Russian-) only literacy tests for the ballot boxes in future Israeli
elections. Or Housing Minister Lieberman, whose first act is to build a
moat around Umm al-Fahm. 

Interestingly though, Lieberman seems to be reveling in such controversy, and is not trying to make any real friends, anywhere. He is actually going for more enemies, so consistently, it's awesome. He started a fight out of nowhere with the ultra orthodox Zionist Shas party, saying that the "no loyalty, no citizenship" thing applies to you too, Hasidic boys (If I thought he cared about it, I would say he was doing it in order to fend off accusations of racism; be all like "see, I am a dick to jews as well"). And suddenly, ladies and gentlemen, you have a situation that's never bound to happen ever again: Shas and the Israeli Arabs, with a common enemy. Awesome. Some ultra Orthodox jews are even capitalizing on that, with the United Torah Judaism party distributing flyers saying "No to racism, Haradim for equality".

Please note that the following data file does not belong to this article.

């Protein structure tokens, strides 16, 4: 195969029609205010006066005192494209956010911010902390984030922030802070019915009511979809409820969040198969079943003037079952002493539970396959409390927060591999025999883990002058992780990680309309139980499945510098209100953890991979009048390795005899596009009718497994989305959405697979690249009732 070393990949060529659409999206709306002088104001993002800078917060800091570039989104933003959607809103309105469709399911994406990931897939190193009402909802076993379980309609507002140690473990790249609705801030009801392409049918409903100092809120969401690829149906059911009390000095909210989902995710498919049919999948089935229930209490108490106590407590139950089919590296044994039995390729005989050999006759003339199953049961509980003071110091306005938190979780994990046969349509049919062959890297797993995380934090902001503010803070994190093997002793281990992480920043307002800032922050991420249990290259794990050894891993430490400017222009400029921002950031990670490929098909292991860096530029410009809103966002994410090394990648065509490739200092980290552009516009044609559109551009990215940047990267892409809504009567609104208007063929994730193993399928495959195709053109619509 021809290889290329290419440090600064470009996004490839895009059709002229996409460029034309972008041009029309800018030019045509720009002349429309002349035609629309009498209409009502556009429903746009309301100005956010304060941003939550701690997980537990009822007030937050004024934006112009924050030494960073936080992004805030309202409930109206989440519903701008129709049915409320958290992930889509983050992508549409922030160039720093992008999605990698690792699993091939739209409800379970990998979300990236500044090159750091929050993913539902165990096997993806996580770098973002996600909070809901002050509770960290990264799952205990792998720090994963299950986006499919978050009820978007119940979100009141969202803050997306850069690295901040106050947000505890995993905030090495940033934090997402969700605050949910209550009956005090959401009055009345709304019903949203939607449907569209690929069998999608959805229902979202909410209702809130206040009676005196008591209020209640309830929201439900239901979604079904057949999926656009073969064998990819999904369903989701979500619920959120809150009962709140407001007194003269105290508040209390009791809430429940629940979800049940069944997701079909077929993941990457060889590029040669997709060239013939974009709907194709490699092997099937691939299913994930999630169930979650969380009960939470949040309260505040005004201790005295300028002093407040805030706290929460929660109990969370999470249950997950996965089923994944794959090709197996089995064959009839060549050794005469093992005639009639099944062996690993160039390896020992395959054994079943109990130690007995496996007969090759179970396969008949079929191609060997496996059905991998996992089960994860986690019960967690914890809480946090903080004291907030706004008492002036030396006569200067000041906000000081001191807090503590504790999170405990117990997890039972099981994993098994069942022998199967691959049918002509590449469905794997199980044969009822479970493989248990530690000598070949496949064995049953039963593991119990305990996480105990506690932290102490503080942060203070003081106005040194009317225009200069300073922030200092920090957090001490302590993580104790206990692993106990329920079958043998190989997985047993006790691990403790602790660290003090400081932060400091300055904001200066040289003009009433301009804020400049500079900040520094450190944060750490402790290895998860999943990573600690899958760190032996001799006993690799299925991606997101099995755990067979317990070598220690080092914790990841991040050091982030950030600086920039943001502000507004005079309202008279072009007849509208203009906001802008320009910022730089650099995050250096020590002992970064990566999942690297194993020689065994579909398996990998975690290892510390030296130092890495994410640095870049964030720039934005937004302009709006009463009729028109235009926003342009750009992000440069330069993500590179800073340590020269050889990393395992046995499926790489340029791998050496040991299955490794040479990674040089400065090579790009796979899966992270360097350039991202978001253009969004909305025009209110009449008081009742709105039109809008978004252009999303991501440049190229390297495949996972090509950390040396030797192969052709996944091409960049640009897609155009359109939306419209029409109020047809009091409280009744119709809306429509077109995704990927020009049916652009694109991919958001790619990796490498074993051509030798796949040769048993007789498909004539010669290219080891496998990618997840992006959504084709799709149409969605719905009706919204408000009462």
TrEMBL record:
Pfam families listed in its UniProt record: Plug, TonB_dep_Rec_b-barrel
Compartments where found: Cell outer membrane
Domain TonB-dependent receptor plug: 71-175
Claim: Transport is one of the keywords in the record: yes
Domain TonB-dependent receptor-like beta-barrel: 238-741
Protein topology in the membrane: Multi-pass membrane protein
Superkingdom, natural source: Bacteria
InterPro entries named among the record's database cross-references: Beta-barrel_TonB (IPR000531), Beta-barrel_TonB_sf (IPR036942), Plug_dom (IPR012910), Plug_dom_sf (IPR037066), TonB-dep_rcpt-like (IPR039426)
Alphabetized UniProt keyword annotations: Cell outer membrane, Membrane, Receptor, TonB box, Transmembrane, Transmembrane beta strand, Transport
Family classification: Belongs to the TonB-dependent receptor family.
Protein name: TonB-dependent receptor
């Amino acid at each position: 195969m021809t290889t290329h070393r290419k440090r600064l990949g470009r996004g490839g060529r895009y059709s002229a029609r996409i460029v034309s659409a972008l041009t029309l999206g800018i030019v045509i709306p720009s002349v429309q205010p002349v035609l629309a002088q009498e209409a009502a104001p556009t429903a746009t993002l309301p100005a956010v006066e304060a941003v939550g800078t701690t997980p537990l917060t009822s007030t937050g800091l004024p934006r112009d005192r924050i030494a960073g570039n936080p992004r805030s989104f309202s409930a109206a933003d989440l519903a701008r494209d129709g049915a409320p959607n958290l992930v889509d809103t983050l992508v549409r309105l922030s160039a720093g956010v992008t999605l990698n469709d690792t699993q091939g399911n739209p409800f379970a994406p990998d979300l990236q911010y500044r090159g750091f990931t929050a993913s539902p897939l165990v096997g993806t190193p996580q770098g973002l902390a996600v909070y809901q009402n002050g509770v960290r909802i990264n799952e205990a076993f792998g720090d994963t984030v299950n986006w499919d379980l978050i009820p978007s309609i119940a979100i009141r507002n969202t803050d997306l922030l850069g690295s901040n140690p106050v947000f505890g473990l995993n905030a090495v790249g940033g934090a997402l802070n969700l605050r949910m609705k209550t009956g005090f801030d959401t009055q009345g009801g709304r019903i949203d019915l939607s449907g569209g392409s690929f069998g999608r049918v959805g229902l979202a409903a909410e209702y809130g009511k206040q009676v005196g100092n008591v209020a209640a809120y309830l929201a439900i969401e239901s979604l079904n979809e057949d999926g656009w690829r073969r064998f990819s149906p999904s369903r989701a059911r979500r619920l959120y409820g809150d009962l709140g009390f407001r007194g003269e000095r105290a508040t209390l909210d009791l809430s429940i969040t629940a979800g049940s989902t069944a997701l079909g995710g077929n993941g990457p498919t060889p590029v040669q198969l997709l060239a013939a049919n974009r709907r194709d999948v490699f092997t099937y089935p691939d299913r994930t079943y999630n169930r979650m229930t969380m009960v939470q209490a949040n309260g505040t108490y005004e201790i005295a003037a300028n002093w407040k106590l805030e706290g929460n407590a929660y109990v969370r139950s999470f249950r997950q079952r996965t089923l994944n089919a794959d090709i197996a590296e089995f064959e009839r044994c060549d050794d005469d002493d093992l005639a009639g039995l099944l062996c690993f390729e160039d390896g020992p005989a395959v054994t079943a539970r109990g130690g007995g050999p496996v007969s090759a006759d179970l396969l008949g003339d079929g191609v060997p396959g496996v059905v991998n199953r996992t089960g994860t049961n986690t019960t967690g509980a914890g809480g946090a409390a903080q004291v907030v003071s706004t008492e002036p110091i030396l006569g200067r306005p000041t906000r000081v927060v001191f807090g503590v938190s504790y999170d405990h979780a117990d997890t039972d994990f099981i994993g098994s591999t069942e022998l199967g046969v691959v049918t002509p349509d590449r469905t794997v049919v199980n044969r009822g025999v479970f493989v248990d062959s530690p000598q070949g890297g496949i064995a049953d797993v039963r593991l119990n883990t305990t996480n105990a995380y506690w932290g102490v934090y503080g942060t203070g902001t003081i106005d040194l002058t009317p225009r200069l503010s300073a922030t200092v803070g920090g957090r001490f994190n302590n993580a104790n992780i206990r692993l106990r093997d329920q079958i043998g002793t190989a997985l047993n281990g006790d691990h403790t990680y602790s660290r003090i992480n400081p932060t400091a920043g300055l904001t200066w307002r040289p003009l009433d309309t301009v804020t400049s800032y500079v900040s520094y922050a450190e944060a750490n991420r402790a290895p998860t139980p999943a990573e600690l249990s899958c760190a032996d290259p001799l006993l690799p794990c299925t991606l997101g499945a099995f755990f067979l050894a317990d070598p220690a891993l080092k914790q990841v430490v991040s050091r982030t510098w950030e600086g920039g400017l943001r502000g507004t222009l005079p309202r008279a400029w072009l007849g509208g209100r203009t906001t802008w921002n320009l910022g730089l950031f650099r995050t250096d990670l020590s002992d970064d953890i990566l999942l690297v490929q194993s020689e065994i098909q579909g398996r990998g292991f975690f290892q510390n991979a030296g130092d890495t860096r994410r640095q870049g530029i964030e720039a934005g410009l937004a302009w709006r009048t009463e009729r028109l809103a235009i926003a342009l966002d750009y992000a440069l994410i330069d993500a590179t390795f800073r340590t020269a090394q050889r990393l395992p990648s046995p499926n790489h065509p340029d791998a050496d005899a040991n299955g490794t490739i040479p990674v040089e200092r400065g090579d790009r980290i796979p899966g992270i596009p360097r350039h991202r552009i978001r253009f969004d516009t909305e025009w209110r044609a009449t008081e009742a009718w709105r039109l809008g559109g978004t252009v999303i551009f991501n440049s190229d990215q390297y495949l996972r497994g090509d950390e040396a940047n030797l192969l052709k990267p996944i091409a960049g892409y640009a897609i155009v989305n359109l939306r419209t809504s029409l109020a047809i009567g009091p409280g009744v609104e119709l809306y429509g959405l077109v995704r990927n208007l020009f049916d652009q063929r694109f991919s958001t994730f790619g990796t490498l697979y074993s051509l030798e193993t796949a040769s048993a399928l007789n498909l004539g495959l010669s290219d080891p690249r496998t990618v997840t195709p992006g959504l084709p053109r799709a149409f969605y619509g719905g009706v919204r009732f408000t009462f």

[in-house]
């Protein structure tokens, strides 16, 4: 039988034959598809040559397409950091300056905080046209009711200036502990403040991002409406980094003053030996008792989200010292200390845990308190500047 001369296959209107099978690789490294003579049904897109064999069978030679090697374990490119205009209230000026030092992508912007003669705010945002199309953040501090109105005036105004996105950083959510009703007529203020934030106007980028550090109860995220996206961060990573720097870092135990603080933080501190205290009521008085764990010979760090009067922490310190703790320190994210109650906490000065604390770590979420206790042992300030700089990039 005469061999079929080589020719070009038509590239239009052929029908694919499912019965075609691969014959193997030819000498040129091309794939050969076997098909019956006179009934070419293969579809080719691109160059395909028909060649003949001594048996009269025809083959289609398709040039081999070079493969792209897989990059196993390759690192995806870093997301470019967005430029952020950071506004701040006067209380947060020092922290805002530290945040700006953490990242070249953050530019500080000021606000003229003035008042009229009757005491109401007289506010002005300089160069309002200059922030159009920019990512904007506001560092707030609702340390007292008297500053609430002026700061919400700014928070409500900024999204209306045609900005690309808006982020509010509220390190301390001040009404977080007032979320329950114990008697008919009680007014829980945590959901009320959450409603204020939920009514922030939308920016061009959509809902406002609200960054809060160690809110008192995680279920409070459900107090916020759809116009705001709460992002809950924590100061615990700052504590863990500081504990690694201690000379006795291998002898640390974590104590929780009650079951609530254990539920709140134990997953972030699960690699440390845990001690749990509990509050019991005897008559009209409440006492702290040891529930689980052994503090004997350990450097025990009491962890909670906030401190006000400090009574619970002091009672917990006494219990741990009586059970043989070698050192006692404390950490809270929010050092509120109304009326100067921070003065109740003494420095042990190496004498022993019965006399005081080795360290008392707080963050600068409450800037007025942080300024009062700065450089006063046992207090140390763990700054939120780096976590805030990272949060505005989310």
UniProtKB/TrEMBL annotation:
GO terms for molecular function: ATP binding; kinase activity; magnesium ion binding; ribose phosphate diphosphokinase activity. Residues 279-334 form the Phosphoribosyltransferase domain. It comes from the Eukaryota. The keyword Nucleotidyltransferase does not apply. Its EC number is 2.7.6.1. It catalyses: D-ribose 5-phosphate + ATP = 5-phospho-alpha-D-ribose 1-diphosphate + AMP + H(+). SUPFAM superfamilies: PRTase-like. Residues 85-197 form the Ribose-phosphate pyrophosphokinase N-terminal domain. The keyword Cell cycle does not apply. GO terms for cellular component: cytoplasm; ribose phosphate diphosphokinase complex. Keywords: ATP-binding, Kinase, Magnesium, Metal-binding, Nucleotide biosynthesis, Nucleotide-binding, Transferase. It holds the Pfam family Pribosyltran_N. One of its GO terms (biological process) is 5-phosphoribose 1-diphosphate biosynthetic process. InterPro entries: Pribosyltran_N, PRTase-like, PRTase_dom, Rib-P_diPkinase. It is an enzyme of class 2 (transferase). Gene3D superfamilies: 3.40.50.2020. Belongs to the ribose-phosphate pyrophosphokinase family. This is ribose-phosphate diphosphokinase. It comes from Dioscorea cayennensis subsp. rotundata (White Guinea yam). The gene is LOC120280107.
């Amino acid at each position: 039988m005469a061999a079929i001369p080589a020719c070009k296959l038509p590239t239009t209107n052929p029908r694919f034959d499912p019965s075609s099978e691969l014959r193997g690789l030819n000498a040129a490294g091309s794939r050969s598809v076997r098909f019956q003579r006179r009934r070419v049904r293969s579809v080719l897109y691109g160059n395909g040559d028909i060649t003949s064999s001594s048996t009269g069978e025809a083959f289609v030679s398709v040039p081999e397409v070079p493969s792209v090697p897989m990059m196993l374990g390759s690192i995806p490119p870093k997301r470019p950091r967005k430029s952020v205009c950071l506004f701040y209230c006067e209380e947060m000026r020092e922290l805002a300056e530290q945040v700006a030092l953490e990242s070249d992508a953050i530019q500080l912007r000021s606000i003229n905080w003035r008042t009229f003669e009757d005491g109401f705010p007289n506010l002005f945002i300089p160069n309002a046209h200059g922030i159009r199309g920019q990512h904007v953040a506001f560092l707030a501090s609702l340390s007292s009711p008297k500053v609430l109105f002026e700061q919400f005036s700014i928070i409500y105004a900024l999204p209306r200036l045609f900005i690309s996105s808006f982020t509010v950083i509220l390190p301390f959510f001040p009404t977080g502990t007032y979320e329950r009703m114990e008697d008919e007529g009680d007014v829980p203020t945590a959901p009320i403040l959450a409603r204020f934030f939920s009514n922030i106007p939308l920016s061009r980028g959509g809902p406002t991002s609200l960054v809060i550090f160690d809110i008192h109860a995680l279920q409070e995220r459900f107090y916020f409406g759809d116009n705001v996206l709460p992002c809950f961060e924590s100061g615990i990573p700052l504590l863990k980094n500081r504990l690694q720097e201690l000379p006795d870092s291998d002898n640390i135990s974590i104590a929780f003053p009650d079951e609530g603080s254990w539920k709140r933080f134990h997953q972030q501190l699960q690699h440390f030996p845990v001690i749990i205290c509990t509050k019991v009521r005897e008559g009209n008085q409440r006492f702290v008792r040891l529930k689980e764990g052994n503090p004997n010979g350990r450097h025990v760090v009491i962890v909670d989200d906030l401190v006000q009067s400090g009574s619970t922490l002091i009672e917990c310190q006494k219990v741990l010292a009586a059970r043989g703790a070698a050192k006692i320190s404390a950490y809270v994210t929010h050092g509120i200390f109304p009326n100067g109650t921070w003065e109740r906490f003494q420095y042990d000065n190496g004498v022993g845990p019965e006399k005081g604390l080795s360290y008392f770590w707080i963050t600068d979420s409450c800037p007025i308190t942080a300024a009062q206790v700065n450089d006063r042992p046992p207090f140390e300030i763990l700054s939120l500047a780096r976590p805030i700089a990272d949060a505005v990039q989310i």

Some of the party's flyers label rival party
leader Avigdor Lieberman a racist, and state that "Arabs and haredim
fight racism – vote United Torah Judaism."  

[...]

United Torah Judaism's elections
headquarters said that "the party is trying to recruit as many votes as
possible. We appeal to the Arab voters who care about matters of
chastity and family honor."

Knesset Member Moshe Gafni added that "we
are against racism and for the Torah, and the Torah clearly says 'Do
not oppress an alien; you yourselves know how it feels to be aliens,
because you were aliens in Egypt,'" (Exodus 23:9)

Yes, calling Israeli arab voters aliens. That's reaching out. 

And now, even Shas is fighting back against Lieberman, accusing him of wanting to divide Jerusalem and give the arab neighborhoods to the arabs , open pork stores and allow gay marriage. In Shas' world, Lieberman is Dennis Kucinich. He is both a racist rightwinger and immoral pinko lefty, all at once. No wonder the guy has high appeal this election. But here is the funny idea: what if israeli arabs do meet the challenge of Lieberman, and do agree to join the Israeli military, thus proving their "Loyalty"? You know, cause it kinda happened before, in 1954?